Circulate

Circulate: (v) to pass or cause to pass from place to place or person to person.

I have recently been accused of being anti-social.

The diagnosis was offered because I failed to attend a party. It was assumed that anyone who didn’t want to come to this social adventure
had to be out of his or her mind.

I was supposed to come and circulate among people whom I have known for years, and read about ever-too-frequently on my Facebook page. As a matter of fact, I know so much about these folks that I could probably write personal bios for them.

But they were convinced that I had sunk into some sort of despair because I wasn’t going to come and hear the same old stories while partaking of a dip with only subtle new inclusions.

I do need to circulate–but I need to do it among people who are not necessarily related to me or benefit from me personally or financially.

A great man once said that if you only love those who love you, what in the hell is so special about that?

For instance, I just came back from the grocery store. I encountered at least twenty-five people I have never met before.

I circulated.

I conversed.

I opened up my heart to the possibility that these were good folks and I would benefit from the exchanges. I suspect about half of them thought I was crazy for being so talkative. But the other half took a risk, jumped in and, well…circulated.

We do not circulate when we only hang around those who resemble us or are friends because we buy presents for them on birthdays or Christmas.

We circulate when we allow the blood of human relationship to mingle among castes, races, genders and ideologies.

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Chablis

Chablis: (adj) a dry white wine from Chablis, France.

Warning to all innocents and those easily influenced by the ramblings of raging writers. I am about to spew from my storage bins of persona
l prejudice, based upon my own experience. It is not racial, ethnic or gender-based.

It is an abiding distaste for wine. Or really, any alcoholic beverages.

When I was a young boy, I had bronchitis all the time–something my parents referred to as “the croup.” It produced this horrible hacking cough that sounded like I had run out of mucous and was banging the back of my throat with a ball-peen hammer.

The only medication the doctor recommended for my condition was Pertussin Cough Syrup.

It tasted terrible. It gagged me. Every time my mother threatened me with a spoon, bottle in hand, I tried to wrestle it from her, spilling the contents, in hopes that the family funds were too depleted to purchase another bottle.

So you can imagine how surprised I was when I went to a party with friends, and they asked, “Would you like a glass of wine?” I had seen people drinking wine in movies, and they seemed pleased with the taste, so I agreed.

Just imagine how shocked my friends were when I started to gag on the wine, insisting it was my old nemesis cough syrup.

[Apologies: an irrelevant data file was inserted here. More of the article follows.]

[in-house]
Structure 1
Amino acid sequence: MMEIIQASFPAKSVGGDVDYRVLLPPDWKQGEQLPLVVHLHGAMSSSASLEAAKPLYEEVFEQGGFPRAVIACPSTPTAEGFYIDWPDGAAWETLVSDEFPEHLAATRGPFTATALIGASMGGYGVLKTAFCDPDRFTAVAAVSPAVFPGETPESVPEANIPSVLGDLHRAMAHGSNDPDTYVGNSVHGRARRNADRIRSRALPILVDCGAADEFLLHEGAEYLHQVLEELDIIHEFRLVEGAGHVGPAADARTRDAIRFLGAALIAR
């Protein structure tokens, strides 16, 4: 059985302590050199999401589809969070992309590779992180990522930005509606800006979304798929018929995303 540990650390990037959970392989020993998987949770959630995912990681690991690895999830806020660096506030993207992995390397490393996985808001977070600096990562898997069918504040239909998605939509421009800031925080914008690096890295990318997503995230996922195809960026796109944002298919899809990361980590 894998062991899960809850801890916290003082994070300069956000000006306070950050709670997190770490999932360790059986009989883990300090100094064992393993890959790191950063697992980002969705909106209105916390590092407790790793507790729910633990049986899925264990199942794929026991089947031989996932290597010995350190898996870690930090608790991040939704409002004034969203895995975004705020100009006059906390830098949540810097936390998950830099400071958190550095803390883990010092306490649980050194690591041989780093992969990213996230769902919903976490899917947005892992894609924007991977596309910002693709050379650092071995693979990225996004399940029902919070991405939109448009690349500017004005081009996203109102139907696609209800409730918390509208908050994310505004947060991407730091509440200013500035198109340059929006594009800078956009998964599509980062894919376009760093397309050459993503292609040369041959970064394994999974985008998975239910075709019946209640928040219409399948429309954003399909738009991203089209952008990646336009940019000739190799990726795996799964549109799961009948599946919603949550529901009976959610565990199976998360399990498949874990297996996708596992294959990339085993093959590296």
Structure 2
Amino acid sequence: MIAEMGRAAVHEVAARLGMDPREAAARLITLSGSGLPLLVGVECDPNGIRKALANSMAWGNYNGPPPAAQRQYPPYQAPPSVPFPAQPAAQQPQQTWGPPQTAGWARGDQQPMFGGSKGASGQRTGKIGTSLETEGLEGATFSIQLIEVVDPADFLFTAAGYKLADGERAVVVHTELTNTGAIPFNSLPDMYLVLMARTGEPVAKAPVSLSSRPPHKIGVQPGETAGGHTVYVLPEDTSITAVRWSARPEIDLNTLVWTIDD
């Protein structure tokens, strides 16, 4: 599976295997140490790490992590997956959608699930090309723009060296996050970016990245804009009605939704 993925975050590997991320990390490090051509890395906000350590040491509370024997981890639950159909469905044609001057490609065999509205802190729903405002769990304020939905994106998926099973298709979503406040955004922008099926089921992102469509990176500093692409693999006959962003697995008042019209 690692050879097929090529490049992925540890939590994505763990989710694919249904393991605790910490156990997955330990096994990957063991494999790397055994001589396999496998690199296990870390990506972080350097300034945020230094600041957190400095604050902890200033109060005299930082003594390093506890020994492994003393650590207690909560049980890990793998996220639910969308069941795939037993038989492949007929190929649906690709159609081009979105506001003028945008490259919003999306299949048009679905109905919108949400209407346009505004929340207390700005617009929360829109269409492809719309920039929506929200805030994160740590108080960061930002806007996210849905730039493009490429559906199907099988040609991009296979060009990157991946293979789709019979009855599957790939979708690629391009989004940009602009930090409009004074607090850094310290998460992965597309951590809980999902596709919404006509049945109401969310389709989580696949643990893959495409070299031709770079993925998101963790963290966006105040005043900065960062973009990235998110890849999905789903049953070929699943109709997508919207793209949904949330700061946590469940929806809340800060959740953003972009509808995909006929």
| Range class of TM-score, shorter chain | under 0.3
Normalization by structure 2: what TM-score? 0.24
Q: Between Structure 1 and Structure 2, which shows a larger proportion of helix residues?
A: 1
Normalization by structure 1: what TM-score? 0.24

They comforted me, saying that some people found red wine to be a bit strong, but that I would certainly like a white wine–a Chablis.

I didn’t.

Finally, at one party, somebody gave me orange juice with a little bit of wine and said, “Try this! It’s a spritzer!”

It was somewhat better–but still tasted like someone had left the orange juice in the sun for three days and was trying to pass it off as freshly squeezed.

Let us just say, I am not a drinker of wine, nor any kind of alcohol. I feel no self-righteousness about it; I don’t even think it makes me unique.

I just feel, if you’re going to taste something that rancid and foul, you better damn well be sick.

 

 

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Census

Census: (n) an official count or survey of a population

Every census is shortly thereafter followed by a tax. This began with Caesar Augustus in the Christmas story and continues today.

We want to find out how many people there are so we have some idea on how we should divide up the horrific amount of expense that’s involved in the process of us being people.

It’s a fussy way of reminding small towns that they’re shrinking and becoming less important.

The government can also determine where to send its money, and where the census tells them there aren’t as many voters, so no need to be nice.

It begins at an early age, when you plan a party at your house. The following Monday morning, after the party, the normal question is, how many people showed up?

Did you do a head count? Was the party successful because people had nothing else to do so they came to it?

No one asks if the chip dip turned out tasty. What flavors of pizza did you select? Was the discussion lively?

No. It all has to do with numbers.

We are a society obsessed with proving the value of our concept by collecting statistics on how many people are aware that we had a concept in the first place. We fear obscurity.

Yet no one enters the tomb with a companion–no census in the grave.

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Brussels Sprout

j-r-practix-with-border-2

Brussels sprout: (n) a vegetable consisting of the small compact bud of a variety of cabbage.

I was thinking about tough jobs:

Being the promotion agent for O. J. Simpson.

How about this?

Social media guru for the Facebook page of Adolph Hitler.

Or …

The marketing representative for Brussels sprouts.

This is a vegetable that has a public relations problem at nearly every turn. (Or turnip, for that matter…)Dictionary B

It is often described as a very small cabbage–not that cabbage has a great following itself. So being deemed a smaller rendition of an “also-planted” vegetable is not a “heady” proposition.

Brussels sprouts are fussy about being cooked. Some people like to keep them crisp and others, well-done. For those who like them kind of soggy, crisp is inedible. Likewise, the crispers choke on the “softies.”